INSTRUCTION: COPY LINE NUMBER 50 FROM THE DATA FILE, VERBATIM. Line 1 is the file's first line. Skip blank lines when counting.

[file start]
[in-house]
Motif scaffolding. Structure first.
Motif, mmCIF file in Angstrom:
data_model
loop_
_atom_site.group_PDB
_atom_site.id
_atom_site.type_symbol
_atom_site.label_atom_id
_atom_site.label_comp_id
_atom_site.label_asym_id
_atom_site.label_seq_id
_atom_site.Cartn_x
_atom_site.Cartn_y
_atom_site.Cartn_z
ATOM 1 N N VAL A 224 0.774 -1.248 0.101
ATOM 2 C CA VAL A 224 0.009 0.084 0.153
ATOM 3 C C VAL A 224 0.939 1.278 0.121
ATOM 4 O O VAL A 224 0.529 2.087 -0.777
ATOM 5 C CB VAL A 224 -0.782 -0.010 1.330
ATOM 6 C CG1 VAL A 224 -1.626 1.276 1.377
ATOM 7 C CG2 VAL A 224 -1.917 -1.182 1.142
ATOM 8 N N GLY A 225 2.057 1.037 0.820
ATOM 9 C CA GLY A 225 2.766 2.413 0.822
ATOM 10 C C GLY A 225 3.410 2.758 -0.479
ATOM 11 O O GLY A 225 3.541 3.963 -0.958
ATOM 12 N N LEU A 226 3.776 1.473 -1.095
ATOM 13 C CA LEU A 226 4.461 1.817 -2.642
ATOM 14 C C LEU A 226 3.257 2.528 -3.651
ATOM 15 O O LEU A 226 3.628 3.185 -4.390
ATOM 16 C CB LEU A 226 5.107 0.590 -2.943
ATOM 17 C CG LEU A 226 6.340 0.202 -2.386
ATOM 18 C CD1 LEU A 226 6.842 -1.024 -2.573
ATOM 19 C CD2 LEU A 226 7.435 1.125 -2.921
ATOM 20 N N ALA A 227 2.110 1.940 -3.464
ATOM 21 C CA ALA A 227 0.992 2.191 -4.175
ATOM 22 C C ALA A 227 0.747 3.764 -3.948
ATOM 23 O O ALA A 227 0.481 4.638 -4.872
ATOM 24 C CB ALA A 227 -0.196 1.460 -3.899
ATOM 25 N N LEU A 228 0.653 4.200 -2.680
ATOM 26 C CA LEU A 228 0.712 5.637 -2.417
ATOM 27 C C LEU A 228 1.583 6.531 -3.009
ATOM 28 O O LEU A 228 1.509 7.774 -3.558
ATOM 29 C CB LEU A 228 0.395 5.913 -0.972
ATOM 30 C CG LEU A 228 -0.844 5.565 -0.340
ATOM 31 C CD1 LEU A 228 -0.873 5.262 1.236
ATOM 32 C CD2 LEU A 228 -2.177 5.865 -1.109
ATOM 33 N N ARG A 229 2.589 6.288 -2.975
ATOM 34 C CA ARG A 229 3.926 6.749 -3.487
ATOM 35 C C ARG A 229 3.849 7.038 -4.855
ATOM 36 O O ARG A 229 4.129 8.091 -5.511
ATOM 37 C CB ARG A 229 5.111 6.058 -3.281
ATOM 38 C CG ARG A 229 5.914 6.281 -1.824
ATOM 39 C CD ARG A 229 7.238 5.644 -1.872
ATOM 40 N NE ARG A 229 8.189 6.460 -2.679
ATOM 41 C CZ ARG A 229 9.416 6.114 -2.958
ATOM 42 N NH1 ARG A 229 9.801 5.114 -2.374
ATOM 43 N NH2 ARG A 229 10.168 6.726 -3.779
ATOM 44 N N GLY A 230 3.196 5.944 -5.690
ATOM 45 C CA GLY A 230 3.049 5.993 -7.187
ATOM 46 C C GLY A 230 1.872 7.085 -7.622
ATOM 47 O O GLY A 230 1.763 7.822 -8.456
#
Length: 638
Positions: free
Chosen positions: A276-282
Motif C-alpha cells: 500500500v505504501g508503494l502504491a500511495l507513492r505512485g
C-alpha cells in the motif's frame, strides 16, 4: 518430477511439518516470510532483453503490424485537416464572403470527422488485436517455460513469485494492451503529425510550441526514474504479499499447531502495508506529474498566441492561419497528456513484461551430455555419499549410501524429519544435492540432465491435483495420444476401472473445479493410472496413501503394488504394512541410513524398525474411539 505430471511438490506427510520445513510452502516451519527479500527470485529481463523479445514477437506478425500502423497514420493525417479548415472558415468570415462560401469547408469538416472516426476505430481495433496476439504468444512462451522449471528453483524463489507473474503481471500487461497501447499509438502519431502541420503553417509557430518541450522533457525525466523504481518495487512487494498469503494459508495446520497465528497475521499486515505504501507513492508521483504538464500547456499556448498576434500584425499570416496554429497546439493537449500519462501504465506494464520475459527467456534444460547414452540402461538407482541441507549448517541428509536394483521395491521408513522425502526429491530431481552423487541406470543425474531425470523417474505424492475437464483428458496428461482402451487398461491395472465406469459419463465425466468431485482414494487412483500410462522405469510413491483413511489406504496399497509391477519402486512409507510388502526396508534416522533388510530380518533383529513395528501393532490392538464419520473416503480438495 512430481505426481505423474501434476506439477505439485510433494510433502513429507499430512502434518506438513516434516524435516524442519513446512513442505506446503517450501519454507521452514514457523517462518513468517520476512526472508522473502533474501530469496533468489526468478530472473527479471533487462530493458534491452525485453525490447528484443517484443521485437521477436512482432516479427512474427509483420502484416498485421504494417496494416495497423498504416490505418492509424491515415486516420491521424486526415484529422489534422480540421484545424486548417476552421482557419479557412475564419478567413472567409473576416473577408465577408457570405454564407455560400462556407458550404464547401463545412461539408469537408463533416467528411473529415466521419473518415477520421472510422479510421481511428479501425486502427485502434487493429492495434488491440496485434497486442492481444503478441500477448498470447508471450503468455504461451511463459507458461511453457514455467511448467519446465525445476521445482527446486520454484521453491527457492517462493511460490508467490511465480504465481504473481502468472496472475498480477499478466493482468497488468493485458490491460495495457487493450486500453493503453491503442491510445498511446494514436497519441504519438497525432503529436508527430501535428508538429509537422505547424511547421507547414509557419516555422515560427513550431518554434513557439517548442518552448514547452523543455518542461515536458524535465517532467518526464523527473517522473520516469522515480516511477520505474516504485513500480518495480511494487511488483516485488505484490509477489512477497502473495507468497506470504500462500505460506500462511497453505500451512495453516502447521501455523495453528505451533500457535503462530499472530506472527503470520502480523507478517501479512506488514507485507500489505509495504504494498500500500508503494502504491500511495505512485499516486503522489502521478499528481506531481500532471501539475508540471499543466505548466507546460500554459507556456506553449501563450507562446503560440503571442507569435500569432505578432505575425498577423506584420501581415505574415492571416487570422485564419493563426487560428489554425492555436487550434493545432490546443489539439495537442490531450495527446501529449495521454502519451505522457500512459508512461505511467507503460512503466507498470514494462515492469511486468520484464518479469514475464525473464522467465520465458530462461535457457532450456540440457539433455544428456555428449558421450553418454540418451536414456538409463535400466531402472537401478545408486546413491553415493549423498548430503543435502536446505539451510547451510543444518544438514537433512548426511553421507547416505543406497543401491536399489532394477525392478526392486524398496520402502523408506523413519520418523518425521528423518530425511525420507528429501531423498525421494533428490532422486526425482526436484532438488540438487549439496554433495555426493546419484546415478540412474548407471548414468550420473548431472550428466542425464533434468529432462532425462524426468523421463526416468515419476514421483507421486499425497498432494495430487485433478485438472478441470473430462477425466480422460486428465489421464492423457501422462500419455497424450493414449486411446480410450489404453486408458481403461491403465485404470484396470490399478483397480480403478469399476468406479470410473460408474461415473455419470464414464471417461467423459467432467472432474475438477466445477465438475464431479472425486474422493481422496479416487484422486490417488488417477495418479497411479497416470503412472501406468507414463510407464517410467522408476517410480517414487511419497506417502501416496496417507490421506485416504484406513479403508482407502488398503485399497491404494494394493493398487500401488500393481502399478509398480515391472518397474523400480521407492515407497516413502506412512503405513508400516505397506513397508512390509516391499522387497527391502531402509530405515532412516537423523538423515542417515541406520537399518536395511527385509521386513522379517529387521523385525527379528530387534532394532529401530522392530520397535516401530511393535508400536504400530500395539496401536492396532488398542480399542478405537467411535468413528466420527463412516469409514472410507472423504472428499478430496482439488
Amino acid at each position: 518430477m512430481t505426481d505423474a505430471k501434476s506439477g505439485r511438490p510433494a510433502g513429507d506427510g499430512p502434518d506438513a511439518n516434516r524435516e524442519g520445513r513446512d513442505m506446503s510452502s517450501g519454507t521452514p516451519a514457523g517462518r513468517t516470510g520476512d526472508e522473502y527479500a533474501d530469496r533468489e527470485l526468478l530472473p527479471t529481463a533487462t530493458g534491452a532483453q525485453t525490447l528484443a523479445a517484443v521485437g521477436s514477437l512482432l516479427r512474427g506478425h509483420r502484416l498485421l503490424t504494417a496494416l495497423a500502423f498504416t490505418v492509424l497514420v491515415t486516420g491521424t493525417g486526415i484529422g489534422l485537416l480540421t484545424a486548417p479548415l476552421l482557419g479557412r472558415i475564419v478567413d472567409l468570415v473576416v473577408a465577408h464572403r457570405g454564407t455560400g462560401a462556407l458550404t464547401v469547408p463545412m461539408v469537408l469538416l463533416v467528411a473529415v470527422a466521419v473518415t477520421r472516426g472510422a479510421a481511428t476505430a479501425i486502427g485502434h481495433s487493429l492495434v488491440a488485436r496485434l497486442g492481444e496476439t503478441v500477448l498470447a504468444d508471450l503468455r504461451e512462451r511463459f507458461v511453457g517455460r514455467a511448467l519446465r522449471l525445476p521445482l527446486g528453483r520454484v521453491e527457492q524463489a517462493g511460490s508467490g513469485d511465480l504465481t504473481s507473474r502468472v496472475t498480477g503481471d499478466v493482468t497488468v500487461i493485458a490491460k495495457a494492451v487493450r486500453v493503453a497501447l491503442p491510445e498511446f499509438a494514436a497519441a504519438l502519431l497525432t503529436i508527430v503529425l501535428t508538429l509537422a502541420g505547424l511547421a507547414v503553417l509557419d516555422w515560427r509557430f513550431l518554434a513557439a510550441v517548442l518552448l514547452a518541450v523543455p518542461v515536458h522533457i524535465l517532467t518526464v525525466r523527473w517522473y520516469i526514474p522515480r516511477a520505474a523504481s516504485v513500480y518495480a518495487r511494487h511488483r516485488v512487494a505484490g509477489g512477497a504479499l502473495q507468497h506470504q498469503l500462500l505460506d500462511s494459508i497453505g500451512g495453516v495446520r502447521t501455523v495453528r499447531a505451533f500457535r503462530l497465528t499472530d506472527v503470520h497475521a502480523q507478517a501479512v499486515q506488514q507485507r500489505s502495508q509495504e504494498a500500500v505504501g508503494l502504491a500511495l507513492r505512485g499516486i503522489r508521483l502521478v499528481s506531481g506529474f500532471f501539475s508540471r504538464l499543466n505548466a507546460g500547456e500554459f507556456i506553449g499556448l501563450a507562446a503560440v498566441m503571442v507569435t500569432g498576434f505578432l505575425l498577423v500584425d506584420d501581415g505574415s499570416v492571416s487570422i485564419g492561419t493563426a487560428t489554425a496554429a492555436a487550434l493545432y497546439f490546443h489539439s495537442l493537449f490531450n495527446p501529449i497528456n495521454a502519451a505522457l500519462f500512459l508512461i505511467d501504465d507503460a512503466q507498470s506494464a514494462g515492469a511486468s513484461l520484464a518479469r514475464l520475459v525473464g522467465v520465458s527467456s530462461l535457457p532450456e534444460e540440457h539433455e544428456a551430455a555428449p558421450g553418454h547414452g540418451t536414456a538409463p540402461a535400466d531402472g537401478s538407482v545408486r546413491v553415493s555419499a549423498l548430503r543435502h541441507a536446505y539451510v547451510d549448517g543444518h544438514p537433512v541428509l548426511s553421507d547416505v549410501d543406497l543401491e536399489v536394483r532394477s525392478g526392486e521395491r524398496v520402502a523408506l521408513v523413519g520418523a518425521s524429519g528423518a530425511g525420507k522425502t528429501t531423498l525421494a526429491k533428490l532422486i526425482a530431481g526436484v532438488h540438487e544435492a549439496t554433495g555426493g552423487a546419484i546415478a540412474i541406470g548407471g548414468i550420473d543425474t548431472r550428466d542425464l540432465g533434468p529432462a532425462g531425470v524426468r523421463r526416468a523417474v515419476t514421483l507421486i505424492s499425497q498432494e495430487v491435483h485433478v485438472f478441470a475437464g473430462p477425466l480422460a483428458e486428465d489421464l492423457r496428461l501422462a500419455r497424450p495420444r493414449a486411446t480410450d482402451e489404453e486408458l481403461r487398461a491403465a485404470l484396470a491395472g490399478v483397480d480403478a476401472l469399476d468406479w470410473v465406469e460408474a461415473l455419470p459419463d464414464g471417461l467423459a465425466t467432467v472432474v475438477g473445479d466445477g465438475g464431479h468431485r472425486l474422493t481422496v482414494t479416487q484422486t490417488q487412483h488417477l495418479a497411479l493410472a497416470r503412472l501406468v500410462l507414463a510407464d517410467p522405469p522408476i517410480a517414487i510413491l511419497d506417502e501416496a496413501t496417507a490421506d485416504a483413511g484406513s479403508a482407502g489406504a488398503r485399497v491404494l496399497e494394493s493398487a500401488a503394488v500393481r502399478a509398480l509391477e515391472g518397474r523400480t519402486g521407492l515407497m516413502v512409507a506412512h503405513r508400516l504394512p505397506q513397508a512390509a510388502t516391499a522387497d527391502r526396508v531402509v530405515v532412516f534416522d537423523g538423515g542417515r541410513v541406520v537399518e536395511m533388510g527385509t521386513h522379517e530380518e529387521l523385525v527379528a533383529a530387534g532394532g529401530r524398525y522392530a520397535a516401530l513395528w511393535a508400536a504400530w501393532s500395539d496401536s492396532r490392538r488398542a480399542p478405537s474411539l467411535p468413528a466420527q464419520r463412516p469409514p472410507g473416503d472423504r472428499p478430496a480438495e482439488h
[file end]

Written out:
ATOM 35 C C ARG A 229 3.849 7.038 -4.855